- To introduce students to the value of preservation by seeing how ancient ways can continue to nourish the lifeblood of a culture.
- To think about the fragility of heritage, especially absent written records.
- To consider how archaeologists use a wide range of tools to recover and interpret fragments of past lives.
- To understand how diverse cultures evolved based upon various histories and beliefs.
- To appreciate how geography and environment influence a culture’s pride of place.
- To realize how legacies can take many diverse and unique forms.
- To consider how people’s efforts to trace lineage speaks to a longing of the human spirit for a sense of origin.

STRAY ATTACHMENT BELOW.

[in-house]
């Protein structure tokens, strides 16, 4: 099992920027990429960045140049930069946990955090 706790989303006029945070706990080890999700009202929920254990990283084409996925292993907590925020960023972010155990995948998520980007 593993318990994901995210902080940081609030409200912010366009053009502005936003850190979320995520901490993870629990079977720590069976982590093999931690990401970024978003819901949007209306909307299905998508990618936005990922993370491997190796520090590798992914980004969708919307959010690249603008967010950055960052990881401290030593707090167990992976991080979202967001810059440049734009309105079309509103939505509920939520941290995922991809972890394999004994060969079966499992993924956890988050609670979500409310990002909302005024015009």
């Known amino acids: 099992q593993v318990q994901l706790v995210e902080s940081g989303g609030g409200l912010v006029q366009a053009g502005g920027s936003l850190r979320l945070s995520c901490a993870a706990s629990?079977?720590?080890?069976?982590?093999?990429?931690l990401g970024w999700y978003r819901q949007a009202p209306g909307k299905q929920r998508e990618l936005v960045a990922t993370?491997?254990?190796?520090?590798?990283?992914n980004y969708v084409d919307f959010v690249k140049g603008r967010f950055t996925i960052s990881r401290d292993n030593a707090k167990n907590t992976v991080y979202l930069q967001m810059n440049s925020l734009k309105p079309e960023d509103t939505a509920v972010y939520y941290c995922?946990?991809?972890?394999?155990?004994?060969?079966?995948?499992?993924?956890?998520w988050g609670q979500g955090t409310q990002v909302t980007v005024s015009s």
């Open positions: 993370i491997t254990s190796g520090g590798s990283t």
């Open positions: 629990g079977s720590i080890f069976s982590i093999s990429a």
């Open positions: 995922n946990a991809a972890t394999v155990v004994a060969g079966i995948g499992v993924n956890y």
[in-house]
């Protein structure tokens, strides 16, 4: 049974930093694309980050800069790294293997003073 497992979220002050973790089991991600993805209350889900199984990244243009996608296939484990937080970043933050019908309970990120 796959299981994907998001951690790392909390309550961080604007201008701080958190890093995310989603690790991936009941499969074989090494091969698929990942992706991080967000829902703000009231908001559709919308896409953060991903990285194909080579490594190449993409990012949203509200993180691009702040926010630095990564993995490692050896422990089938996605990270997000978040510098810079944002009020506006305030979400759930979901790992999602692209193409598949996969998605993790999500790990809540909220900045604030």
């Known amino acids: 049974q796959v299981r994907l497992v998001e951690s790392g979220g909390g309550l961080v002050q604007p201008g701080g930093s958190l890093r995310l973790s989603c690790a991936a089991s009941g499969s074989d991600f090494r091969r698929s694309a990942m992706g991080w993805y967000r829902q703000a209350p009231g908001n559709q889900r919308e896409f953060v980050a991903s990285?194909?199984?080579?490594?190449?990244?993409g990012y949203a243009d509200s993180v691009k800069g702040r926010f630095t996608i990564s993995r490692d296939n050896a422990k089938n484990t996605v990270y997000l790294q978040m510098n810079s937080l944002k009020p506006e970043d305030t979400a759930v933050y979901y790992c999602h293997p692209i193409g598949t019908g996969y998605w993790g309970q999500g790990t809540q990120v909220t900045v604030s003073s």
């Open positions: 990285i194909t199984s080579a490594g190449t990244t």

Lesson Plan 1
“Historic Norwegian Farm”
Project Idea #1
- Group Discussion: In this documentary we see how the people of Havrå face many challenges living off the land.
- Why do people cling to traditions when modern technologies and conveniences could dramatically alter and possibly improve their lives? What benefits do they get from choosing to live as they do?
- What do you think the people of Havrå would say about your lifestyle? Compare and contrast your two lifestyles.
Project Idea #2
- Write a short story describing how it would have been to live in this region centuries ago. Think about the climate and geography, the clothing, the food and how you would build a community to survive.
- Use a modern day archaeological dig as a starting point, and an artifact that was discovered to write your story as a flashback. (What’s an archaeologist? Click here to find out.)
- Think of a storyline giving as much detail as possible as to what life would have been like.